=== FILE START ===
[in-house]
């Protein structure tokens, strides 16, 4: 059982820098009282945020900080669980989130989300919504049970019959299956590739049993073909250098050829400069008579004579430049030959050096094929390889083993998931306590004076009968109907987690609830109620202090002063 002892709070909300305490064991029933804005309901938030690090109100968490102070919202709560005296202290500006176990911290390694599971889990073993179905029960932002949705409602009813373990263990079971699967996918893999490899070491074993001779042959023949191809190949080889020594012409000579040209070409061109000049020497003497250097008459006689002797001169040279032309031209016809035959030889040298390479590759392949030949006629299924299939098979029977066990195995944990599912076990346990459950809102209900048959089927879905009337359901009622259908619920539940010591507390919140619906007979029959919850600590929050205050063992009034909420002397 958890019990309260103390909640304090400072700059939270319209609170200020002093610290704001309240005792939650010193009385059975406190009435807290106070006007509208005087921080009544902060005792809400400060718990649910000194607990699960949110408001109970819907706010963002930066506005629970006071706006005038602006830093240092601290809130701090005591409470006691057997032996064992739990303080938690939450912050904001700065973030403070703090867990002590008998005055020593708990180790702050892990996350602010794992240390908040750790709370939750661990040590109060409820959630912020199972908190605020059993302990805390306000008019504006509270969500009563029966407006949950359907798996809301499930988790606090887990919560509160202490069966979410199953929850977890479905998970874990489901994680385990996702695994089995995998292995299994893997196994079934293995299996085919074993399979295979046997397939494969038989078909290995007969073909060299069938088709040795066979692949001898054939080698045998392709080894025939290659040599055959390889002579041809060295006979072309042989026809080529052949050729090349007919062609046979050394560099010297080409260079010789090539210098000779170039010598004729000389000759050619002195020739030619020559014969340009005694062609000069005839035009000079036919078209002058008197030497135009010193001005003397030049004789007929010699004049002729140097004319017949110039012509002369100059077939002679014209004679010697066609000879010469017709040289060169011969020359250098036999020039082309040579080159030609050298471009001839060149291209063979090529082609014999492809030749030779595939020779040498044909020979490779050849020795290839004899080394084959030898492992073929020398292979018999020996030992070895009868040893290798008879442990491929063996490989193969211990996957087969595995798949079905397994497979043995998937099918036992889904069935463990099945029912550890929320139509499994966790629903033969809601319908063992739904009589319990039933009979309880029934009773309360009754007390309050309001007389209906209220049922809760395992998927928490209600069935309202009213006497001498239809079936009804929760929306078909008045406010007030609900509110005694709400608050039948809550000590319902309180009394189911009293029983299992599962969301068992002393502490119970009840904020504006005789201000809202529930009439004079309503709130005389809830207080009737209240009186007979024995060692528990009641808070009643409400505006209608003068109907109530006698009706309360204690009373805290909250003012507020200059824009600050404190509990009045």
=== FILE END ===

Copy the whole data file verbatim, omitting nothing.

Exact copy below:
[in-house]
């Protein structure tokens, strides 16, 4: 059982820098009282945020900080669980989130989300919504049970019959299956590739049993073909250098050829400069008579004579430049030959050096094929390889083993998931306590004076009968109907987690609830109620202090002063 002892709070909300305490064991029933804005309901938030690090109100968490102070919202709560005296202290500006176990911290390694599971889990073993179905029960932002949705409602009813373990263990079971699967996918893999490899070491074993001779042959023949191809190949080889020594012409000579040209070409061109000049020497003497250097008459006689002797001169040279032309031209016809035959030889040298390479590759392949030949006629299924299939098979029977066990195995944990599912076990346990459950809102209900048959089927879905009337359901009622259908619920539940010591507390919140619906007979029959919850600590929050205050063992009034909420002397 958890019990309260103390909640304090400072700059939270319209609170200020002093610290704001309240005792939650010193009385059975406190009435807290106070006007509208005087921080009544902060005792809400400060718990649910000194607990699960949110408001109970819907706010963002930066506005629970006071706006005038602006830093240092601290809130701090005591409470006691057997032996064992739990303080938690939450912050904001700065973030403070703090867990002590008998005055020593708990180790702050892990996350602010794992240390908040750790709370939750661990040590109060409820959630912020199972908190605020059993302990805390306000008019504006509270969500009563029966407006949950359907798996809301499930988790606090887990919560509160202490069966979410199953929850977890479905998970874990489901994680385990996702695994089995995998292995299994893997196994079934293995299996085919074993399979295979046997397939494969038989078909290995007969073909060299069938088709040795066979692949001898054939080698045998392709080894025939290659040599055959390889002579041809060295006979072309042989026809080529052949050729090349007919062609046979050394560099010297080409260079010789090539210098000779170039010598004729000389000759050619002195020739030619020559014969340009005694062609000069005839035009000079036919078209002058008197030497135009010193001005003397030049004789007929010699004049002729140097004319017949110039012509002369100059077939002679014209004679010697066609000879010469017709040289060169011969020359250098036999020039082309040579080159030609050298471009001839060149291209063979090529082609014999492809030749030779595939020779040498044909020979490779050849020795290839004899080394084959030898492992073929020398292979018999020996030992070895009868040893290798008879442990491929063996490989193969211990996957087969595995798949079905397994497979043995998937099918036992889904069935463990099945029912550890929320139509499994966790629903033969809601319908063992739904009589319990039933009979309880029934009773309360009754007390309050309001007389209906209220049922809760395992998927928490209600069935309202009213006497001498239809079936009804929760929306078909008045406010007030609900509110005694709400608050039948809550000590319902309180009394189911009293029983299992599962969301068992002393502490119970009840904020504006005789201000809202529930009439004079309503709130005389809830207080009737209240009186007979024995060692528990009641808070009643409400505006209608003068109907109530006698009706309360204690009373805290909250003012507020200059824009600050404190509990009045």